Verses 5–9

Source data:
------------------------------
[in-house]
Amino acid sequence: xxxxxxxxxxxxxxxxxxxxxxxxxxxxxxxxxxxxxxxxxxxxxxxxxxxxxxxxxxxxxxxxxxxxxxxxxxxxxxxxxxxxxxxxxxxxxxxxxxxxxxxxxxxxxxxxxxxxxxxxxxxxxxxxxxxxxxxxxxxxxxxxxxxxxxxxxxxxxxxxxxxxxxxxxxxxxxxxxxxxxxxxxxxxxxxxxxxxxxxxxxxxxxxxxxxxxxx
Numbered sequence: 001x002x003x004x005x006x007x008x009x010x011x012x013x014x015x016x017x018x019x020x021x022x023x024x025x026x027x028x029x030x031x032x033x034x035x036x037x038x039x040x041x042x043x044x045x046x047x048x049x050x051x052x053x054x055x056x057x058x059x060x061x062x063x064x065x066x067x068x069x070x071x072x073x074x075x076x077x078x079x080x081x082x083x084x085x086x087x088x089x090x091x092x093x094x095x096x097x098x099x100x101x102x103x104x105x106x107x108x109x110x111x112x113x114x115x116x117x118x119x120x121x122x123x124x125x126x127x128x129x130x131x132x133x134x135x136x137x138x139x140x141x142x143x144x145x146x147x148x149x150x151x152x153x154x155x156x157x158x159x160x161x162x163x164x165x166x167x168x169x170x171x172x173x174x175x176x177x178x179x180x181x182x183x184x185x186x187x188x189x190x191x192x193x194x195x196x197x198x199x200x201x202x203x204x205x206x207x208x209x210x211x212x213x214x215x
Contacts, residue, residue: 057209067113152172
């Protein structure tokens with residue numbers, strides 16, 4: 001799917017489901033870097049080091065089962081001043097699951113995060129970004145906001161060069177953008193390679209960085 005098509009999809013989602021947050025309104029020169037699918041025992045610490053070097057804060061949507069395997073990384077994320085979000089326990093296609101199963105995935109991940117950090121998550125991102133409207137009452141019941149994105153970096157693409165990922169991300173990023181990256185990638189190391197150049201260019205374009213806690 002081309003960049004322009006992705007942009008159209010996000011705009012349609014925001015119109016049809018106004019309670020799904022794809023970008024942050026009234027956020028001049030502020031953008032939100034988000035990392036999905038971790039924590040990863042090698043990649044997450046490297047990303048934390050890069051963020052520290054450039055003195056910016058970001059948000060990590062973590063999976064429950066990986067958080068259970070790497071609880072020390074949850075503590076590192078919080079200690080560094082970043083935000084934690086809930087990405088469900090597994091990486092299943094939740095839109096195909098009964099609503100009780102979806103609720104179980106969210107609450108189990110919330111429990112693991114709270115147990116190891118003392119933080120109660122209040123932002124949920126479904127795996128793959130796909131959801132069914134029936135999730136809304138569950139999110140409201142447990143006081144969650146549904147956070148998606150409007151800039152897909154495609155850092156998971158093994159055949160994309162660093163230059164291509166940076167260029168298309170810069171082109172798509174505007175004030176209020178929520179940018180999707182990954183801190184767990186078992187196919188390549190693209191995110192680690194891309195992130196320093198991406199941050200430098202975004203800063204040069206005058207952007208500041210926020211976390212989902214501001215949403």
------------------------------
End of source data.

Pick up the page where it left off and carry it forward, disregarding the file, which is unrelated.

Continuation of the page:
Here is, 1. The attempt of his confederate neighbours, the kings of Syria and Israel, upon him. They thought to make themselves masters of Jerusalem, and to set a king of their own in it, Isa. 7:6. In this they fell short, but the king of Syria recovered Elath, a considerable port upon the Red Sea, which Amaziah had taken from the Syrians, 2 Kgs. 14:22. What can those keep that have lost their religion? Let them expect, thenceforward, to be always on the losing hand. 2. His project to get clear of them. Having forsaken God, he had neither courage nor strength to make head against his enemies, nor could he, with any boldness, ask help of God; but he made his court to the king of Assyria, and got him to come in for his relief. Those whose hearts condemn them will go any where in a day of distress rather than to God. Was it because there was not a God in Israel that he sent to the Assyrian for help? Was the rock of ages removed out of its place, that he stayed himself on this broken reed? The sin itself was its own punishment; for, though it is true that he gained his point (the king of Assyria hearkened to him, and, to serve his own turn, made a descent upon Damascus, whereby he gave a powerful diversion to the king of Syria, 2 Kgs. 16:9; and obliged him to let fall his design against Ahaz, carrying the Syrians captive to Kir, as Amos had expressly foretold, Amos 1:5), yet, considering all, he made but a bad bargain; for, to compass this, (1.) He enslaved himself (2 Kgs. 16:7): I am thy servant and thy son, that is, “I will be as dutiful and obedient to thee as to a master or father, if thou wilt but do me this good turn.” Had he thus humbled himself to God, and implored his favour, he might have been delivered upon easier terms; he might have saved his money, and needed only to have parted with his sins. But, if the prodigal forsake his father’s house, he soon becomes a slave to the worst of masters, Luke 15:15. (2.) He impoverished himself; for he took the silver and gold that were laid up in the treasury both of the temple and of the kingdom, and sent it to the king of Assyria, 2 Kgs. 16:8. Both church and state must be squeezed and exhausted, to gratify this his new patron and guardian. I know not what authority he had thus to dispose of the public stock; but it is common for those that have brought themselves into straits by one sin to help themselves out by another; and those that have alienated themselves from God will make no difficulty of alienating any of his rights.